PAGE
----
Eve, she had always seemed to be by his side, for all his long memory she had been there. She had been his companion, lover, confidant, foil, partner and co-conspirator. He longed to remember, so he started to recall his life from this moment and play all the events in their reverse order. Starting from this time and place, from this time on this hill to the long treks, the hunger, the conflicts, the fires, and the wars. Then to the purges, the frenzies, the descent of man, then back to the times of life and love and laughter. He began to unravel time and his life, playing back every moment, and then finding the cause of that moment and then the one before. The time when every corner of every land on the Earth teemed with people, and buzzed with activity, and moved and thrived and writhed with vigour and lust. All of those people, everywhere living in the moment, both his people and the others, all living and looking at the “now”, not wondering and certainly not worrying about tomorrow.

  Slowly in his mind’s eye a face appeared, it was the face of Eve. It was young without pain, without longing and without the sorrows and burden of living forever. It was a time long lost, a time when she was still a frail mortal short-lived human. It was before they were lovers and before he pledged himself to her for all time and before he shared with her his dual gift of the blessing and curse of immortality.

  The morning was damp as all the mornings were, the fog was thick and thicker over the bridge which spanned the great river Thames. That, both gave the city life and was the seed for its existence. This chill must have cut through Eve to her heart and bone he recalled thinking back at the moment. Such a soft and delicate being on a such a morning, although wrapped in a large and heavy fur coat her face was flushed and her cheeks were as red and round as summer’s apples.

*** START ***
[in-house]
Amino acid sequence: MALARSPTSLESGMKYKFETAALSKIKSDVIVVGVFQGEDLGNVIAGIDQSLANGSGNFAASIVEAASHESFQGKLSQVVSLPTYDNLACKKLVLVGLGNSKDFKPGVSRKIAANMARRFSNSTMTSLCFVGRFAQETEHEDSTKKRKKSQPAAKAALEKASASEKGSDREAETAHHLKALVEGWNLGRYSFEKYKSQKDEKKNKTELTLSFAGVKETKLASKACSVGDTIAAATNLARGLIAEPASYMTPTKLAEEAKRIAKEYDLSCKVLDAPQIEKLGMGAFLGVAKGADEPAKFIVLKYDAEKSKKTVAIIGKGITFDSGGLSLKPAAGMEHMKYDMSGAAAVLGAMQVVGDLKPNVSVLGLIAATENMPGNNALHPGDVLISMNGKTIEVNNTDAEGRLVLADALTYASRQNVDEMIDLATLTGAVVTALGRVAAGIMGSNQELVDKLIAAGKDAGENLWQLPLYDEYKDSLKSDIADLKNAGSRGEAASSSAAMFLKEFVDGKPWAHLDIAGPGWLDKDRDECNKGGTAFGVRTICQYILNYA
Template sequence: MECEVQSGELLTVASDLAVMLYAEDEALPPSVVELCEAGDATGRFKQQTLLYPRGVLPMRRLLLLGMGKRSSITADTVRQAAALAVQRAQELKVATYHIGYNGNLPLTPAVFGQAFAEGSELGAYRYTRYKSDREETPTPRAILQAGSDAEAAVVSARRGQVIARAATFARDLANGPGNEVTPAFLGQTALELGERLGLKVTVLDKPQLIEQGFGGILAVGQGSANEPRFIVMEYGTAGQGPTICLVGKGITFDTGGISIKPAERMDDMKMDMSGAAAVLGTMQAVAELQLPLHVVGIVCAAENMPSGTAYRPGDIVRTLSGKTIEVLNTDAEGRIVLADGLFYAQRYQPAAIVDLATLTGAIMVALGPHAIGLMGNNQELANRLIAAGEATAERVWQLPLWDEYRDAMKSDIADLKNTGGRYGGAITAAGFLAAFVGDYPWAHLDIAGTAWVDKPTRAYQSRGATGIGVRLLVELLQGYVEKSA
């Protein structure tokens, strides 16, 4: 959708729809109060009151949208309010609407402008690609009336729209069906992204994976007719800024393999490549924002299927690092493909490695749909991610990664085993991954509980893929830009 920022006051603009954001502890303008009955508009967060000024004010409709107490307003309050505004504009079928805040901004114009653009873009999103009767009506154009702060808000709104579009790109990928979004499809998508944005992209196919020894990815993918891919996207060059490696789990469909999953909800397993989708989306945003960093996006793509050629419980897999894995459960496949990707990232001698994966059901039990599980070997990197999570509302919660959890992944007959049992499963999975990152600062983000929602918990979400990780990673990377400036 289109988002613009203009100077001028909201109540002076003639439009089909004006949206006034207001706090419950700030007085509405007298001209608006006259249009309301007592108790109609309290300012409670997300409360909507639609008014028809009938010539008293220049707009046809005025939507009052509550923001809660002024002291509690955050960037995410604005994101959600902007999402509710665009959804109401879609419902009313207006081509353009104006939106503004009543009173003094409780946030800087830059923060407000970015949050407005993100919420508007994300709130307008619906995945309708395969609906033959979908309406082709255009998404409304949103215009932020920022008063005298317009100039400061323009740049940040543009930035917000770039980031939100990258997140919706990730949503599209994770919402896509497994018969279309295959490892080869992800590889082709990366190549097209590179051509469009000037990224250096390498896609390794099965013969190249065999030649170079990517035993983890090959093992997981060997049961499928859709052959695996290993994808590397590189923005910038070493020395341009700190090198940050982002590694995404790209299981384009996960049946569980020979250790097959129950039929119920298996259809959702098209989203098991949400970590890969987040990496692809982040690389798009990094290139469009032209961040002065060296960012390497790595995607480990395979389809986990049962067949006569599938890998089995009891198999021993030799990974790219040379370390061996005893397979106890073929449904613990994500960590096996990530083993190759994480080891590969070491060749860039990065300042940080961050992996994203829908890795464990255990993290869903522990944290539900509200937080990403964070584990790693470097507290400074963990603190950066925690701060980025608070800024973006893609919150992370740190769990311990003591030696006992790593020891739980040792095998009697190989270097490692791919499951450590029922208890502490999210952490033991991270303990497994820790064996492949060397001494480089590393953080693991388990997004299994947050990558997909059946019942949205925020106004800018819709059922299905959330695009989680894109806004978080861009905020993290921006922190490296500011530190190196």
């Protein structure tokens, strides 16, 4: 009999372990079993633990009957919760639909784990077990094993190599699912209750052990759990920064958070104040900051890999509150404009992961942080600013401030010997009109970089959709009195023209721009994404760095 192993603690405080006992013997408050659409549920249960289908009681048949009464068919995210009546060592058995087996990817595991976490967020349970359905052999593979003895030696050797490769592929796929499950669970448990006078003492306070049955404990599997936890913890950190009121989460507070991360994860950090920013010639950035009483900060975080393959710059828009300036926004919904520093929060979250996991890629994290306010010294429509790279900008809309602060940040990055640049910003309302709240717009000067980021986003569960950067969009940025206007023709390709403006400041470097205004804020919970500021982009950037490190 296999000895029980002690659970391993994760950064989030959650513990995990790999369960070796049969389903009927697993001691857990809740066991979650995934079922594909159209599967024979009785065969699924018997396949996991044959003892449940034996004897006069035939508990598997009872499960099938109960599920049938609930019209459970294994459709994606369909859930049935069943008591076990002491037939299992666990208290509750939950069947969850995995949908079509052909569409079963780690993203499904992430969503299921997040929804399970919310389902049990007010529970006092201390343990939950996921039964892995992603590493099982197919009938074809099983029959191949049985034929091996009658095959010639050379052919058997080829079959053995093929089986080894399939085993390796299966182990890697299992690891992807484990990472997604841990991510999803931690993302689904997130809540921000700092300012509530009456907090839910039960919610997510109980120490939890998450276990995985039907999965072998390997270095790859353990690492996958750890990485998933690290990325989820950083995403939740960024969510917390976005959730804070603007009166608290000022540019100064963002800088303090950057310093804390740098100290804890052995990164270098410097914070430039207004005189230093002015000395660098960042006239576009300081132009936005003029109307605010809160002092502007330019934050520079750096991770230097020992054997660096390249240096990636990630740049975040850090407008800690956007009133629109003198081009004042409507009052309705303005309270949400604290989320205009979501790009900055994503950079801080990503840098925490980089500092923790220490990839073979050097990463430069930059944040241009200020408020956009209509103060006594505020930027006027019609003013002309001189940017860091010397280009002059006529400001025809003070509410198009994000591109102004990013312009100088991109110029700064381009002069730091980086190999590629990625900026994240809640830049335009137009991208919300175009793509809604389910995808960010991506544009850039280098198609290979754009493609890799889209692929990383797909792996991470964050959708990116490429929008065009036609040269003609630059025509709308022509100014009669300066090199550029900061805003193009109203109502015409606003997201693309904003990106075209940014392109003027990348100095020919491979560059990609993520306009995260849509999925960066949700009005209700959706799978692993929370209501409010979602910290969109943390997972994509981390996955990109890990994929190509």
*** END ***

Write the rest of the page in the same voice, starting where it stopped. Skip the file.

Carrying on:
Suddenly a large and brutish man walked out from behind him brushing him as he passed and then with much more force knocked the young woman to the pavement. With his bulk, compounded by the size and thickness of his coat with the heavy collar turned up and his large fur hat, he had either not noticed or felt his collision with the young woman, or he did not care.

  St Croix hoped for the man that it was the former and not the latter, as St Croix had noticed the unique scent of the man and may use it later if needed address his unwarranted actions on the bridge.

  ”May I help you, Miss? Jonathan St Croix is my name, and unlike some in this city I am still a gentleman and allow me to help you.” Even with St Croix’s help, Eve had difficulty regaining her footing because of her large fur.
  ”Damn I have broken a heel and I have to be at the barrister's within the hour” Turning redder for a moment, she recovered her dignity and took and shook St Croix’s hand. “I beg your pardon, Sir, for such uncouth language, I do apologize. My name is Evelyn Harwood, my father is a member of the House, and I do thank you for your good graces and manner.” Then talking out loud to herself, “But how can I get to Sir Percy’s office with a broken heel and although it is only a short walk I fear I will be late.”
  ”Madame Harwood, if it is the office of the Barristers Baxter, Narrows and Tyrol. I do know Sir Percy and allow me to hail a Hanson and I shall accompany you there and while you are in his services I shall get you heel repaired.”

  He lowered his head and gently kissed Eve’s forehead, his lips remaining on her, he felt her sigh slightly and his lips on her head felt her almost imperceptibly move. Even this small motion returned him to the real world. He could feel her dry flaking and 
peeling skin through his own hardened and calloused split lips.